Is who we are really where we’re from, and does where we’re from mean from a place or from blood? Is it from space or from time? Or is who we are more like what we do, maybe despite what we say? Is it what we think, or is it how we feel? It might be about how we treat others, about how we behave in a social setting. It may be about the level of our regard and respect for others.
Nationalist thinking is a bucket of paint holding a broom-handled brush so handy for the
broad strokes that make labeling of people so easy. Our so-called populist leadership, whose current popularity scores record lows, makes so much of national origin as a qualifier of individuals that the very notion of nationhood is exposed as the false category it has always been.
George Saunders’ 2005 novella The Brief and Frightening Reign of Phil reduces the idea of national origin to the absurd level it deserves. The story is of a nation named Inner Horner that is so small it can contain only one of its seven inhabitants at a time. The others have to wait their turn to be in their own country on a rotating basis. They have to wait outside the border in a larger, surrounding nation called Outer Horner, where there is a lot of space and very few inhabitants, who come to resent the Inner Hornerites that nervously stand around while they wait their turn to be at home.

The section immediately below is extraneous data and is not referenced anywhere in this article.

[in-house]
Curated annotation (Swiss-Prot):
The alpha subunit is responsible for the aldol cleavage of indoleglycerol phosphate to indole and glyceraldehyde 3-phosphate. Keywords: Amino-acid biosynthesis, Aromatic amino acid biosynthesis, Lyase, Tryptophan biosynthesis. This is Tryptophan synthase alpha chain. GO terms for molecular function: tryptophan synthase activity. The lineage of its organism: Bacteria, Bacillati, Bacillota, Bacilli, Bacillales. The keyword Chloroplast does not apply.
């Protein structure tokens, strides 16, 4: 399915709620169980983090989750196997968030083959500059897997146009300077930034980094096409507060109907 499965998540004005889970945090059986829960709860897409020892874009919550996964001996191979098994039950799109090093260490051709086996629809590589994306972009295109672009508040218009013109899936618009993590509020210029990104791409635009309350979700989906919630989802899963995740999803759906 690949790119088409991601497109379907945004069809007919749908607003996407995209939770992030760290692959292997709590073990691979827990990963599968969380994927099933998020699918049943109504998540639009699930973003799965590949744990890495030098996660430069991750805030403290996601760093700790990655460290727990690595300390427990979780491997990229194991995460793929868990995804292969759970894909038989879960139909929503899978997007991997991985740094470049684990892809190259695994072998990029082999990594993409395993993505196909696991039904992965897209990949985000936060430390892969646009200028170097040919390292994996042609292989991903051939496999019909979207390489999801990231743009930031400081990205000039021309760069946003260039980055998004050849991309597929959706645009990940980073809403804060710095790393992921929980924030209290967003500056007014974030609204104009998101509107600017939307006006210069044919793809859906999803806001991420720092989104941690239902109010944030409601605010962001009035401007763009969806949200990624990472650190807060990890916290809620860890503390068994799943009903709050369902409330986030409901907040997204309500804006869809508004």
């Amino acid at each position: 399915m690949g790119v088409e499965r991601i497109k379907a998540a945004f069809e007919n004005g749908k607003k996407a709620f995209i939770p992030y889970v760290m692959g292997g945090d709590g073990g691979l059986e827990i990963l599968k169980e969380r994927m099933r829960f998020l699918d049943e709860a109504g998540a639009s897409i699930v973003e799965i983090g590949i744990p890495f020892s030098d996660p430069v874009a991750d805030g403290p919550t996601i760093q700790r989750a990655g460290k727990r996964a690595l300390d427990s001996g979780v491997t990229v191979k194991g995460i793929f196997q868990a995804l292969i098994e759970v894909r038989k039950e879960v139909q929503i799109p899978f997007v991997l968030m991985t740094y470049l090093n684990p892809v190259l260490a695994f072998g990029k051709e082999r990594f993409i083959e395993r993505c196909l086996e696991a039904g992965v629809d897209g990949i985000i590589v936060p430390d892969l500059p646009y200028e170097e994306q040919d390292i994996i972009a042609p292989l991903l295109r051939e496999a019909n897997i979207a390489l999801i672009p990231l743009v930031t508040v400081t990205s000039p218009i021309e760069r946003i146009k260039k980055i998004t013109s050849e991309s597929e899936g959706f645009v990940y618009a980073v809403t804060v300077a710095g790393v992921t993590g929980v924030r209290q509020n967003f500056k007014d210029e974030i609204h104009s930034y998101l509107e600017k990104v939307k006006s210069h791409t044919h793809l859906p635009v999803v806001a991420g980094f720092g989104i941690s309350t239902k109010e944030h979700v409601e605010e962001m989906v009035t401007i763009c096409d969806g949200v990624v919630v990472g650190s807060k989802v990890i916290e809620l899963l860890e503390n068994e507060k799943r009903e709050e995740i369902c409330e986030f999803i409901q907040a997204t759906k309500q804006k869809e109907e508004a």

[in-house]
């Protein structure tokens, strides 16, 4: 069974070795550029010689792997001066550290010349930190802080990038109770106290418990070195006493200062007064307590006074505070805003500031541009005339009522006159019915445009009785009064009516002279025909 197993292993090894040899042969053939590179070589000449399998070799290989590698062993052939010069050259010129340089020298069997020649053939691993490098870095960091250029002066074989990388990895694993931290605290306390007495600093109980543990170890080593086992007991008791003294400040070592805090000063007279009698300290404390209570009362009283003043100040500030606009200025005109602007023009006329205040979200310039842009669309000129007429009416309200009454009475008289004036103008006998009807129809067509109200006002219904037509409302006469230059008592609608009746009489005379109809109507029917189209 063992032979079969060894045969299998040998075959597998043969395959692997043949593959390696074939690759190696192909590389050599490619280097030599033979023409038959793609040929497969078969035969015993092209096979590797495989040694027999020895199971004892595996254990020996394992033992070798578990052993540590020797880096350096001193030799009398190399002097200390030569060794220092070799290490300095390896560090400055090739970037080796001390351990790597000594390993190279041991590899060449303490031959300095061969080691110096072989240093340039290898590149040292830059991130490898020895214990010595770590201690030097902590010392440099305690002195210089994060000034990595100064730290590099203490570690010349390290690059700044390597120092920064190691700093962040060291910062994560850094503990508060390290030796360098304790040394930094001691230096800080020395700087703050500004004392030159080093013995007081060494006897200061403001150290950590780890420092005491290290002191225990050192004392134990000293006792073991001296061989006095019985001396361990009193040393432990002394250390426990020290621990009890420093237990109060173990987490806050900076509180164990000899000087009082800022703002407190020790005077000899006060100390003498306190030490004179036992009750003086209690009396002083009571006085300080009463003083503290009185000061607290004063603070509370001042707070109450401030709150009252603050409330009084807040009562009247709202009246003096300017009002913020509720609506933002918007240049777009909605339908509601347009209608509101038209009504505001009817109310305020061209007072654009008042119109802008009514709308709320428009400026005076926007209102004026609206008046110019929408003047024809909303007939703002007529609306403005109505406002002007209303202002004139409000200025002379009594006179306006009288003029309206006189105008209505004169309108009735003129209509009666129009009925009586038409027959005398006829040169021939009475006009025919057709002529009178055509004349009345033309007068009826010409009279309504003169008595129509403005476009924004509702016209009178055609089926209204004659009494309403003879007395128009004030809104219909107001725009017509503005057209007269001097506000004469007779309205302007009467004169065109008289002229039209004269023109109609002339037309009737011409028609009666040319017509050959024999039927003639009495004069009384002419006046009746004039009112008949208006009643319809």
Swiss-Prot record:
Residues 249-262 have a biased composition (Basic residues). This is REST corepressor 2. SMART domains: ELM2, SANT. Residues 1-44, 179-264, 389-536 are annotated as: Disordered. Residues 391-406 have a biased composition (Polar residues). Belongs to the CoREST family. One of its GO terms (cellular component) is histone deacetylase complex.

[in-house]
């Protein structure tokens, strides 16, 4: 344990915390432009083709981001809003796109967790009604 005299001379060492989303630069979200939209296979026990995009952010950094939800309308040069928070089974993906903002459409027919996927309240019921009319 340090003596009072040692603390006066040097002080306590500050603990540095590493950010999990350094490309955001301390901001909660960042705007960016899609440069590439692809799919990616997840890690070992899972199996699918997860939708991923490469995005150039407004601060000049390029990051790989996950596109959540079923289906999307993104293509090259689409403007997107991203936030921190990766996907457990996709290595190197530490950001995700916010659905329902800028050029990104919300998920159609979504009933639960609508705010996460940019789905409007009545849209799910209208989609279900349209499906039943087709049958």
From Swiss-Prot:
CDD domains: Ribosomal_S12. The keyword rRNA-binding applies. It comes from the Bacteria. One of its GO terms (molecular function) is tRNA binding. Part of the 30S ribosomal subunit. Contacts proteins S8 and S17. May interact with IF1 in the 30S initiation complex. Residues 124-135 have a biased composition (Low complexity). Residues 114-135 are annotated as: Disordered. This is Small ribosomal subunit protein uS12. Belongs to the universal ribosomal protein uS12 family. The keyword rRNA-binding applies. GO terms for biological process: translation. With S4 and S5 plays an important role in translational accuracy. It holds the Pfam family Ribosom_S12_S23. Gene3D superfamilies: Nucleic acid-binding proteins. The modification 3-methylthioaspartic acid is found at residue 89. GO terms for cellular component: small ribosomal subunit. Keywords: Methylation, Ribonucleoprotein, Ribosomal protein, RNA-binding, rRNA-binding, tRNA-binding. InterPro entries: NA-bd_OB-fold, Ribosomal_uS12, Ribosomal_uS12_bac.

Kurt Vonnegut spoke of nationalist thinking as a kind of mental disorder. As a phenomenon of “mass mentality,” it has been the mother of multiple atrocities.
Not too long ago, we enjoyed a national leadership that preferred to point out the categories of our commonality rather than the ridges of our differences. The current crowd of leadership that shouts “Look away! Look away!” at the threats on our southern border is picking the pockets of everyone it fools.
To those whose pockets get fleeced by the grafter-in-chief, there is recourse, granted your ID survived the grope, grab and run. During a coming event called midterm elections, pink slips may be issued to the errant and incompetent among elected
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